The Ultimate Guide to Tenkara Fishing

The Ultimate Guide to Tenkara Fishing

For someone who just wants to toss a line in the water and catch some fish, the complexity and expense of fly fishing can be intimidating. Tenkara gives people this opportunity. Going to a river, lake, or stream and catching fish is possible with a rod, a line, and a fly. Our love for Tenkara was sparked by this. Lacking a starting point? Let's get started with the ultimate Tenkara Fishing guide that we have put together.

The only equipment needed for Tenkara fishing is a rod, line, and fly. Each of these fly rods is generally adaptable, allowing it to be utilized for a wide range of scenarios and target fish. Your favorite type of fishing may determine which Tenkara pole is perfect for you. Although it is typically done in mountain streams, this kind of fishing is also used in other bodies of water. To keep things simple, we just refer to the majority of fixed line fly fishing techniques as Tenkara rather than trying to distinguish between what is proper Tenkara and what isn't. Our Tenkara rods are perfect for catching fish, so whatever you choose, we hope you have fun! So, which rod is right for you?

How to Choose a Tenkara Fishing Rod?

Chart created by Tenkara USA 

Step 1: Rod Length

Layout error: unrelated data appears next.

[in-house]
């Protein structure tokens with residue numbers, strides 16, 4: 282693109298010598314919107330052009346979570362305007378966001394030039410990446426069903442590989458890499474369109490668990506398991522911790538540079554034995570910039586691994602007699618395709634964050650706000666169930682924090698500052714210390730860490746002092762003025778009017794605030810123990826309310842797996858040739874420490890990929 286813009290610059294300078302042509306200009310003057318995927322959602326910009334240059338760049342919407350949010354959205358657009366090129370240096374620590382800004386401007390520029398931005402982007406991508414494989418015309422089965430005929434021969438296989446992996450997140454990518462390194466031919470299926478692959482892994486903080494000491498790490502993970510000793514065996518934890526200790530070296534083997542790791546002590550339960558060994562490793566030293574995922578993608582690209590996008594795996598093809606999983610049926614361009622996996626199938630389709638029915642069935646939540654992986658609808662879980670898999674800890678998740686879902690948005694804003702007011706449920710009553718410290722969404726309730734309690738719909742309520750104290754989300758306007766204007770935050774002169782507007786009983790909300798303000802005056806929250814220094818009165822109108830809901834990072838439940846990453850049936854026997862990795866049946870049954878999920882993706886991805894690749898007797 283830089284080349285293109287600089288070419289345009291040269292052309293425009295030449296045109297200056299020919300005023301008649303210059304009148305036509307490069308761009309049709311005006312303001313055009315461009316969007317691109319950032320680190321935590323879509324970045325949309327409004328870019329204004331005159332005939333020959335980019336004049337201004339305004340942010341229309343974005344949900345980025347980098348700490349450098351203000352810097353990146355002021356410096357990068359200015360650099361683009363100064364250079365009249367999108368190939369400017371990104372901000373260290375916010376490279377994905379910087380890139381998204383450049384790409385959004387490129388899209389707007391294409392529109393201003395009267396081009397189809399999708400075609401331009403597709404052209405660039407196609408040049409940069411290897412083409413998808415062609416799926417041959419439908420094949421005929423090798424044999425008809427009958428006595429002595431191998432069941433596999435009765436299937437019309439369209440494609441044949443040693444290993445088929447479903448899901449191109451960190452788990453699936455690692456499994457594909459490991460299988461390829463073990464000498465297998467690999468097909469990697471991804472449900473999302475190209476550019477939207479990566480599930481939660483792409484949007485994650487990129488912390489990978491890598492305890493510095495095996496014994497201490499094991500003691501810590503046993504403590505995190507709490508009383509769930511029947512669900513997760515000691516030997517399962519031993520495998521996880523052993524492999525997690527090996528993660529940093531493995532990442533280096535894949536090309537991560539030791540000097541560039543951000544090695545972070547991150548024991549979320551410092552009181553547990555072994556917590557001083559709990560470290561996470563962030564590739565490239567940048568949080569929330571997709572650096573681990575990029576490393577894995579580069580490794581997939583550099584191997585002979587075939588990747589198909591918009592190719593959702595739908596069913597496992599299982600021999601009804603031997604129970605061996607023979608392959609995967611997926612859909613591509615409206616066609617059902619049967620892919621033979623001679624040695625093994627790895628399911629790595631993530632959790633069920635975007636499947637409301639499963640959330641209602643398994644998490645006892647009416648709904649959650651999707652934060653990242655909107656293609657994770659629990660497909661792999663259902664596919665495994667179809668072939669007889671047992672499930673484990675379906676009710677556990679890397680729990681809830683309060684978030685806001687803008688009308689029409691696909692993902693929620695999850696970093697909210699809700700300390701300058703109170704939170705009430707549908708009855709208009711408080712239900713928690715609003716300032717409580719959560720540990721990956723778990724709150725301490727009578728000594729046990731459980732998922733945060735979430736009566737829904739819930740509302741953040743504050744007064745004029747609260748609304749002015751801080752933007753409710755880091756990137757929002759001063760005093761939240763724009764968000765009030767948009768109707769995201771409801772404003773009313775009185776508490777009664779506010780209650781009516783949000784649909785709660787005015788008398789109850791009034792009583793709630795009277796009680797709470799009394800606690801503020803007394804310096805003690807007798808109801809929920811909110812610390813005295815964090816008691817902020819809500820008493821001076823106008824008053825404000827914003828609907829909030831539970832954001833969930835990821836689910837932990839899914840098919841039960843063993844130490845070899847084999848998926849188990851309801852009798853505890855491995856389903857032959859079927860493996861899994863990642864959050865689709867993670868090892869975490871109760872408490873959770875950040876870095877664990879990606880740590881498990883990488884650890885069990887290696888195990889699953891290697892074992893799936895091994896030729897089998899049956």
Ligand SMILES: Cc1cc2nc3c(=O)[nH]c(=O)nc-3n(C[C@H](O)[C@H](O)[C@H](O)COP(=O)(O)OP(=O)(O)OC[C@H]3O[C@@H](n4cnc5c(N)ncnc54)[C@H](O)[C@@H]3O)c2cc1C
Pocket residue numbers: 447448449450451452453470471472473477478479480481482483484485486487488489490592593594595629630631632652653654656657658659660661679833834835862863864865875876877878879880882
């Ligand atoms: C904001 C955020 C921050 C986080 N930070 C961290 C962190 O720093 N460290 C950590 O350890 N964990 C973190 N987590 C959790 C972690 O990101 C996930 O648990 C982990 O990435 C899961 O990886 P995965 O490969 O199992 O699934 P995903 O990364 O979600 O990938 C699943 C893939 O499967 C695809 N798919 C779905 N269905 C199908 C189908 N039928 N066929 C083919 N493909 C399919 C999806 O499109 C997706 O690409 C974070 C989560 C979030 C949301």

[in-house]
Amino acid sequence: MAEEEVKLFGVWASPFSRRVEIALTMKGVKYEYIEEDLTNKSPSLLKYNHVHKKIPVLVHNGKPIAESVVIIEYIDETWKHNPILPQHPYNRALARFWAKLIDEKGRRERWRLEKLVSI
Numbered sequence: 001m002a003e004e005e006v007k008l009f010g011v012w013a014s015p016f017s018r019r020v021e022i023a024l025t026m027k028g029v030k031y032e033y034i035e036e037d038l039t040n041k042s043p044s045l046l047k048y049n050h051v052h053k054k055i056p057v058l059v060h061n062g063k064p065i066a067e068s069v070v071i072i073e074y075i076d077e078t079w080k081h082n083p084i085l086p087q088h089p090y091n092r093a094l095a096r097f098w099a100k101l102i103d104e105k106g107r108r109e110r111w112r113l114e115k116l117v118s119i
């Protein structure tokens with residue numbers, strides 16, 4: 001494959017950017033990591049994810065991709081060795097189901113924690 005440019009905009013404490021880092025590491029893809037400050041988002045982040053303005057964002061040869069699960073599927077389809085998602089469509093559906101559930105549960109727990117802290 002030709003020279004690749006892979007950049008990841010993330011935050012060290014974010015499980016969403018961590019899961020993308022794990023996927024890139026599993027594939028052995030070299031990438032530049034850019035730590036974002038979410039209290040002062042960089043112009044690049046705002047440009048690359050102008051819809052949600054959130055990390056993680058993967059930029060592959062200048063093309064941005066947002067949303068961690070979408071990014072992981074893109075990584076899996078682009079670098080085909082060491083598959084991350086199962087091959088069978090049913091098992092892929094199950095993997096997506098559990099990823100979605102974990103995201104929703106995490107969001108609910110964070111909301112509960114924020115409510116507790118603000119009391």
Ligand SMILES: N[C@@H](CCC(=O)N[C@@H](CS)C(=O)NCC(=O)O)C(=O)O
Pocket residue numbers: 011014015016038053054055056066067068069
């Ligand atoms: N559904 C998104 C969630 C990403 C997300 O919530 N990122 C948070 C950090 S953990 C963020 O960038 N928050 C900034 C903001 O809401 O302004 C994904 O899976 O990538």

When selecting the ideal rod, the first thing you should consider is what length is best for the bulk of the fly fishing you intend to accomplish. In general, we always advise using the longest Tenkara rod you can manage. One of the main advantages of Tenkara fishing is that it gives you greater reach, aids in keeping more lines off the water, and increases fly control. Tenkara rods typically measure 12 feet (360 cm) in length. A shorter Tenkara rod, such as one in the 11- to 330-inch range, might allow you to cast and move around more readily if you live close to fairly tiny streams with low, overhanging trees.

Step 2: Type of Water

In either case, consider the waters you'll fish the most when choosing your Tenkara fly fishing pole. Additionally, keep in mind that a longer rod will be more versatile because it will let you cast farther in wider stretches of a stream while also allowing you to "fish shorter" by keeping the rod above the handle and perhaps even collapsing one segment. In tiny streams, a long rod and a short flat line make an excellent combo.

Step 3: Fish Size

Tenkara rods range in size from 8 inches to 18 inches (20 cm to 45 cm), which is the range for typical trout and other smaller fish. Fish bigger than 20+ inches (50 cm+) can be handled by all Tenkara rods. Therefore, the size of the fish you're after should not significantly affect the rod you choose if it falls within those ranges: Any rod will function properly. It is challenging to choose the "wrong" Tenkara rod because it is such a flexible tool, and we promise you will like your decision regardless.

Our Staff Picks for Tenkara Rods:

Maxway Tenkara Starter Series 12ft

Maxway Tenkara Starter Series 12ft: Shop Here